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Java Hint Parameters for Immutable Class Constructors

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Constructing an immutable class in Java is simple if the number of parameters is small. However, when the parameters increase in number, it can be hard to tell the meaning of the arguments passed to the constructor. Named parameters, as exists in other languages would help, but don't exist in Java. The builder methodology is a solution, but requires a shadow class or non final instance fields.

Hint Parameters provide hints to the caller (or reader) of a constructor, about the names or fluent meaning of the parameters that follow the hint. They may hint at one, two or more parameters at a time. To do this they use an argument naming syntax which separates sections of the hint with a "_" character.

Hints should be used in a strict order which stand out when entering or reading the constructor call. To ensure this, the first section starts with the hint number and then indicates a contract of whether the parameters are required, defaulted, or optional using the letters "r", "d" and "o".

The implementation uses static java enums with lowercase (or CamelCase) values to ensure readability. A simple example:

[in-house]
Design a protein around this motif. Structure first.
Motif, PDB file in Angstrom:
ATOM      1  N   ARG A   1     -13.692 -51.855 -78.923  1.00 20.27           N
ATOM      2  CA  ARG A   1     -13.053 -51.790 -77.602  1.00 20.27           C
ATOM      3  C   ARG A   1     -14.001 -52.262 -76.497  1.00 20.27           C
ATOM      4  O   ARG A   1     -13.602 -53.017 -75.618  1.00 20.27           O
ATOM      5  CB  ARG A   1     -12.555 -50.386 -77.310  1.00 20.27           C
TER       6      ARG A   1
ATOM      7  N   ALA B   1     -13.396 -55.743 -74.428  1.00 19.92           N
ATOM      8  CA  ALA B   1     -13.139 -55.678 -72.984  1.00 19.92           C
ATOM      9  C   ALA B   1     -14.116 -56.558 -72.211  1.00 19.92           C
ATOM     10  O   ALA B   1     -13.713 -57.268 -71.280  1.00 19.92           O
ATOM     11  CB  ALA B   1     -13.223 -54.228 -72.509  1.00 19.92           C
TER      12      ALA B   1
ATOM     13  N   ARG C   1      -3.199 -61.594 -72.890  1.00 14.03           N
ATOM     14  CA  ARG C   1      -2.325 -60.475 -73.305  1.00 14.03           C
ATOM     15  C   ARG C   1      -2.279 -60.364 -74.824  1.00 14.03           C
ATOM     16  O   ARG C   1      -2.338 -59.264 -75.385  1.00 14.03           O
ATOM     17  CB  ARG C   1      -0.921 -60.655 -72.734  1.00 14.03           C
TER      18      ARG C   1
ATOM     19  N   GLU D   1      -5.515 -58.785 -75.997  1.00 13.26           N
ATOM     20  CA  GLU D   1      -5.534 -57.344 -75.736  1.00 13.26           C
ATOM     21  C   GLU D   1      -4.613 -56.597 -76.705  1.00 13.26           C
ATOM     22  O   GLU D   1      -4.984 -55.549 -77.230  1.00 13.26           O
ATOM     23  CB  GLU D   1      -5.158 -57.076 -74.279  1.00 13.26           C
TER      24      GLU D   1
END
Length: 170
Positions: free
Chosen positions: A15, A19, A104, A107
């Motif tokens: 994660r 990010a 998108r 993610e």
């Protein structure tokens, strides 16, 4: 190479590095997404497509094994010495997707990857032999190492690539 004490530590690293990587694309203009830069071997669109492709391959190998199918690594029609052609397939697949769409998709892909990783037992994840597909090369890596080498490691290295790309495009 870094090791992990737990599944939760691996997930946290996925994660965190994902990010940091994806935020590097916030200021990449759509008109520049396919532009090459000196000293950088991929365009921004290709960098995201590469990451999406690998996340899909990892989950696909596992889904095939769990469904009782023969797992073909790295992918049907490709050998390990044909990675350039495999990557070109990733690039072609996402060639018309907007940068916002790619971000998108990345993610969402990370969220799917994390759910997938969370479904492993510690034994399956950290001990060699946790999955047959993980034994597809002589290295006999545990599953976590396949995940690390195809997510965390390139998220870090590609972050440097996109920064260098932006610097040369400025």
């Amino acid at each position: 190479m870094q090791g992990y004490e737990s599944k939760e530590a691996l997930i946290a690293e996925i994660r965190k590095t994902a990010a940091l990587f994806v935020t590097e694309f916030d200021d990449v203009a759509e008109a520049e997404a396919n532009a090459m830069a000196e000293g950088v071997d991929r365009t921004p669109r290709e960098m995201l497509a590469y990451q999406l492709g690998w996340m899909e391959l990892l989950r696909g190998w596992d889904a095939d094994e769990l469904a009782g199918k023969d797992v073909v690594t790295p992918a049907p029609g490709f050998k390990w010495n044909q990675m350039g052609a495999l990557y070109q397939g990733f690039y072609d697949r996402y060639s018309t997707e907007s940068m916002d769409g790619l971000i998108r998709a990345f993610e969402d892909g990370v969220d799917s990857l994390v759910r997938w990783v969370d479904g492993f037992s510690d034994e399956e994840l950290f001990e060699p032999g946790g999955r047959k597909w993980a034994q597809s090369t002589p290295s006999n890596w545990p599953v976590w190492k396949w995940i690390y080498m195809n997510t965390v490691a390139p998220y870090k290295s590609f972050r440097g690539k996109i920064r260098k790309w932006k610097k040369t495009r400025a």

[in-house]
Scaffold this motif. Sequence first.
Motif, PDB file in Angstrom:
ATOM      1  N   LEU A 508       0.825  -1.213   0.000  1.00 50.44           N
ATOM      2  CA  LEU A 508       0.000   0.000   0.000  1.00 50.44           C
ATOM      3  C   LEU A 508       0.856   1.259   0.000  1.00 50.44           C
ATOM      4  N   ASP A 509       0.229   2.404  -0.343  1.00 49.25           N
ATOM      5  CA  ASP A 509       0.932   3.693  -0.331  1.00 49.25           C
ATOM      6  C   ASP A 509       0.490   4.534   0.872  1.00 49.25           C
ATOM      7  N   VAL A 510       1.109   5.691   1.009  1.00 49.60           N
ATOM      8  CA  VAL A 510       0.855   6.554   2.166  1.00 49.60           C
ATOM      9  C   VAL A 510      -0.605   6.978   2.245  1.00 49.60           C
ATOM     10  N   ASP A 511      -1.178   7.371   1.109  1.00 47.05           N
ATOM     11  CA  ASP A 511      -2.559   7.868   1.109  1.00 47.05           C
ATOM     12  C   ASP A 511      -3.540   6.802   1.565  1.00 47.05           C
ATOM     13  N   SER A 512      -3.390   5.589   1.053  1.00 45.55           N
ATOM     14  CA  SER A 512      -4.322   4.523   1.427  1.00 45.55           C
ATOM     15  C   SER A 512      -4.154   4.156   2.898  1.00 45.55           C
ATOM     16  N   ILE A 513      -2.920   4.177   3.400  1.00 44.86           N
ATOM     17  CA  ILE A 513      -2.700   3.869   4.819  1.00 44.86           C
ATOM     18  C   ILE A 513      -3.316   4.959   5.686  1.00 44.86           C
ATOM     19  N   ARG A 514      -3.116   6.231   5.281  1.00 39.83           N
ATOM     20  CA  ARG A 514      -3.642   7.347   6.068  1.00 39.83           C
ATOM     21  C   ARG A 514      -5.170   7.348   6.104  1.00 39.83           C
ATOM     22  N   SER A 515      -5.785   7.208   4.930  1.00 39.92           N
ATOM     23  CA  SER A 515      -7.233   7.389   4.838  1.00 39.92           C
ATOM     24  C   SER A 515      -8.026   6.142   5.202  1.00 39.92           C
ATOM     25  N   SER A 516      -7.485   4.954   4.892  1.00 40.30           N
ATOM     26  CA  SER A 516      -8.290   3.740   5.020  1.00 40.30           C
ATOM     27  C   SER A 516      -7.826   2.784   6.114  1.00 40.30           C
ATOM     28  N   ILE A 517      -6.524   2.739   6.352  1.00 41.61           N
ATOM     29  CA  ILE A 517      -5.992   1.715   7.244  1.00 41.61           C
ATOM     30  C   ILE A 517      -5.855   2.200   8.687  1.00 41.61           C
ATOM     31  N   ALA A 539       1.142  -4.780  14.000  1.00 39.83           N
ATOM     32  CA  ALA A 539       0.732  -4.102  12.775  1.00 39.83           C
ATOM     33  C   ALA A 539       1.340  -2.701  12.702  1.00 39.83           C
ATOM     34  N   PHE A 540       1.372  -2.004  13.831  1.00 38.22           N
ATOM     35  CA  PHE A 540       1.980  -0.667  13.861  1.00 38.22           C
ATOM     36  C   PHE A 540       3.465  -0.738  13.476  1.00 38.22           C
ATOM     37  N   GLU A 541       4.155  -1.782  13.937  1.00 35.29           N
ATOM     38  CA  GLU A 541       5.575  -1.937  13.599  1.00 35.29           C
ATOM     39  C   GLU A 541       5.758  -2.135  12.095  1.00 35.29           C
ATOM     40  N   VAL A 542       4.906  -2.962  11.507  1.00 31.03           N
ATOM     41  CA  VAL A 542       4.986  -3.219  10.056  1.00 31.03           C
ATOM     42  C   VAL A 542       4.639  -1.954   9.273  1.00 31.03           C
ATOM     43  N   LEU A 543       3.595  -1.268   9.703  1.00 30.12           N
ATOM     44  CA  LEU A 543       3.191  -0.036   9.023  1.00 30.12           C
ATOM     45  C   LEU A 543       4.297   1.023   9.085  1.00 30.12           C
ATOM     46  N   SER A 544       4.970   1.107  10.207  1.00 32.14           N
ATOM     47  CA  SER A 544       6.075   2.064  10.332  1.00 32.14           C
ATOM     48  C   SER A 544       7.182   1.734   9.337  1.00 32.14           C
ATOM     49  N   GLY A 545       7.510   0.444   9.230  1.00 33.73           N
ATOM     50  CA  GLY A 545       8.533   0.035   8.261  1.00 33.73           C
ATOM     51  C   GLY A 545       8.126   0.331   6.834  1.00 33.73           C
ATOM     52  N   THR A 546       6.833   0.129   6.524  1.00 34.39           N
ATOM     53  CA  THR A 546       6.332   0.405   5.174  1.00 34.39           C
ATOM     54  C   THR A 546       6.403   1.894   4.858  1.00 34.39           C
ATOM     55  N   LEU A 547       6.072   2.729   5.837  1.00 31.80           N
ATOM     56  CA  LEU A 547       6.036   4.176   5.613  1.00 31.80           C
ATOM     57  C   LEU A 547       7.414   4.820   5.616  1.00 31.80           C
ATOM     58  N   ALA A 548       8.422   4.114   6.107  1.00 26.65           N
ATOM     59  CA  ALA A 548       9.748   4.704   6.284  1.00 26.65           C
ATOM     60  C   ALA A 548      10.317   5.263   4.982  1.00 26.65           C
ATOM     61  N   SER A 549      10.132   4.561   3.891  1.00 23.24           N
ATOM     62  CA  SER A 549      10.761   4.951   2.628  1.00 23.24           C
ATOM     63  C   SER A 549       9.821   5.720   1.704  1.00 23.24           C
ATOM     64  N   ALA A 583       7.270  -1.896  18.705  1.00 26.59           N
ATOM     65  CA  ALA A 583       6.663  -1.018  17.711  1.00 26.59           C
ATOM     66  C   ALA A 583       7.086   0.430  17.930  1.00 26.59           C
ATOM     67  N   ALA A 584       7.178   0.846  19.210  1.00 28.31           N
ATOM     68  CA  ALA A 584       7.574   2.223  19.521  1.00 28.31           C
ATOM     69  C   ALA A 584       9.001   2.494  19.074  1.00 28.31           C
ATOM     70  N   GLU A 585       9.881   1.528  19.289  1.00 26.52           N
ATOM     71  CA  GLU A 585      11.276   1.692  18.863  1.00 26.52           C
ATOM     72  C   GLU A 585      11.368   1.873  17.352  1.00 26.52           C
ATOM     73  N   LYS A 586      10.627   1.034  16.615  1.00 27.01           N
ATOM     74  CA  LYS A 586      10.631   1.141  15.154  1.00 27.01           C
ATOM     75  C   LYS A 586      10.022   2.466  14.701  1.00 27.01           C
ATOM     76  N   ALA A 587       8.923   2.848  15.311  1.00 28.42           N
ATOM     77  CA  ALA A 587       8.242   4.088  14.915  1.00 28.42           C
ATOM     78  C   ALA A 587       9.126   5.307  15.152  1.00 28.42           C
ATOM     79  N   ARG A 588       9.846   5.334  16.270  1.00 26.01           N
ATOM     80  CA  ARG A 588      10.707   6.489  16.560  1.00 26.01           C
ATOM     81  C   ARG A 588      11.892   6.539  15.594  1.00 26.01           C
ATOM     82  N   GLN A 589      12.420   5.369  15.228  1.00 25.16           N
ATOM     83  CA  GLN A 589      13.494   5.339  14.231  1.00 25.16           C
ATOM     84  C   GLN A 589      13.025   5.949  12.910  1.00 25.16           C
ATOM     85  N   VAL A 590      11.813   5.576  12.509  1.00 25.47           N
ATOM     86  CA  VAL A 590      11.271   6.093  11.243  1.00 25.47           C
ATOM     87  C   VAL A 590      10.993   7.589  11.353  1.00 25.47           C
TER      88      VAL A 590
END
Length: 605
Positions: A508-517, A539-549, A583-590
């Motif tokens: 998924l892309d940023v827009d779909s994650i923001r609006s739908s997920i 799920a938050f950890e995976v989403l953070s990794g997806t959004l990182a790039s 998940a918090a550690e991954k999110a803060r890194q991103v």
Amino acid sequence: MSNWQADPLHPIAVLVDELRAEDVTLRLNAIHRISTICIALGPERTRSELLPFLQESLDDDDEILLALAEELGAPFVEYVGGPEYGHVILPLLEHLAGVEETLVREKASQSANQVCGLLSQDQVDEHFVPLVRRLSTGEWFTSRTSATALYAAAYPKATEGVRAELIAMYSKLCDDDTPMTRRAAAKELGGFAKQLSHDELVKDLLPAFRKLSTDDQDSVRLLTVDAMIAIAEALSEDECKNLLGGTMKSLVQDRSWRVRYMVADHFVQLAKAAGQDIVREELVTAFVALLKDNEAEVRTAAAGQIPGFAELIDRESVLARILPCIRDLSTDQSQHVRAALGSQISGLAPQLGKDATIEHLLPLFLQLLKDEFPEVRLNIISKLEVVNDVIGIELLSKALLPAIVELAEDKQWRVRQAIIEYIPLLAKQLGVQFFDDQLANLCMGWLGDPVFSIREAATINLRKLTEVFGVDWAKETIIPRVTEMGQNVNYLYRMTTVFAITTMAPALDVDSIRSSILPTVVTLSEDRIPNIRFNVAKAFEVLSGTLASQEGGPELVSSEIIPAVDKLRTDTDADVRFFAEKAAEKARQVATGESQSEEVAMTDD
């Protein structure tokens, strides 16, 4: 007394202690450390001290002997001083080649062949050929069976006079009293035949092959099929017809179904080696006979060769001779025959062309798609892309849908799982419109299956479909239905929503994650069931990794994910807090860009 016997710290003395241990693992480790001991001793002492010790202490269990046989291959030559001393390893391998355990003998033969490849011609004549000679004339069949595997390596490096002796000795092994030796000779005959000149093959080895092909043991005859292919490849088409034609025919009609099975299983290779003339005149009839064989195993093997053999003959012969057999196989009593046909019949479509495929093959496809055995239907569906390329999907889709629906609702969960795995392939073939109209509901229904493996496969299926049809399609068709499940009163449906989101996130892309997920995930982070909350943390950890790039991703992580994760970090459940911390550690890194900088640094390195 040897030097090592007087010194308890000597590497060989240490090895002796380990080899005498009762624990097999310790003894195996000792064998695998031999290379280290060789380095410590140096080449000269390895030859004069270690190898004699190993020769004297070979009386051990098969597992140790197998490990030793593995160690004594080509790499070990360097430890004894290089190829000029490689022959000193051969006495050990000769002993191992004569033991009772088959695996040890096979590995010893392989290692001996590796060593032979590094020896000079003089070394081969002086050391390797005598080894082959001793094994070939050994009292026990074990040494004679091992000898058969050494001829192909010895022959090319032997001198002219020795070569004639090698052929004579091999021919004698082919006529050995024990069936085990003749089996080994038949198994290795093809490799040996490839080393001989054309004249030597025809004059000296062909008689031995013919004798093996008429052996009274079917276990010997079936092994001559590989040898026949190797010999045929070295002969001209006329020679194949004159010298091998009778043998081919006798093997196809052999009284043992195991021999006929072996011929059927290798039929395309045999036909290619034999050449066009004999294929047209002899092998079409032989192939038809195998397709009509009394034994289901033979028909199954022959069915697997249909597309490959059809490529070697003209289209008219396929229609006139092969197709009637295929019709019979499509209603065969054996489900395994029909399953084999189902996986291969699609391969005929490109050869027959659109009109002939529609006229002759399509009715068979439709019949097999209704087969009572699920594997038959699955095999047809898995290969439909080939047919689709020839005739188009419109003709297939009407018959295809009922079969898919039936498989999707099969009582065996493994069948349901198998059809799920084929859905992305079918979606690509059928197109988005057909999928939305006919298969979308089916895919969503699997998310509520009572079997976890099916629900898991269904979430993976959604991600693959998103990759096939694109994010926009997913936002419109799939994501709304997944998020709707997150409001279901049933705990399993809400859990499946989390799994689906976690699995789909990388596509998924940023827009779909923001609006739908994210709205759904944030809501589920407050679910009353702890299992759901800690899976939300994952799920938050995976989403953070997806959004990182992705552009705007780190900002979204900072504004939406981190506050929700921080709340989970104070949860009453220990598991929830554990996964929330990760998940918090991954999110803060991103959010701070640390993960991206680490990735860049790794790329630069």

package myth;
import static;
public final class Dragon {
    private final Integer height, width, rating;
    private final String name;
    public static enum Hint {_1rr_height_width, _2do_rating_name} 
    public Dragon(Hint h1, Integer height, Integer width, 
                  Hint h2, Integer rating, String name) {
        this.height = checkNotNull(height, "Height is required");
        this.width = checkNotNull(width, "Width is required");
        this.rating = (rating == null) ? 1 : rating; = name;
    // other methods

Another class calling the hinted constructor:

package myth;
import static myth.Dragon.Hint.*;
public class DragonRun {
    public static void main(String [] args) {
        Dragon fierceDragon = new Dragon(
                _1rr_height_width, 1, 2,
                _2do_rating_name, null, "Fierce Dragon"

The null value is used as a placeholder. When the contract indicates a parameter has a default via "d", the default value will be used in place of the null. When the parameter is optional via "o", null will be used.

If all parameters of the constructor are required, the "r" indicators can be dropped.


Using a static java enum type to implement the Hint Parameters has the advantage of simplicity and code clarity. It has a disadvantage in that the parameters could be used out of order.  The numbering convention makes this unlikely, but if necessary, the order could be checked at run time. Another possible implementation would be to use separate static hint classes which would ensure type safety at the expense of simplicity.

Hint Parameters could also be used in static or instance methods calls as well as mutable class constructors.

Published at DZone with permission of its author, Oliver Staats.

(Note: Opinions expressed in this article and its replies are the opinions of their respective authors and not those of DZone, Inc.)


Jarek Krochmalski replied on Tue, 2013/04/02 - 9:48am


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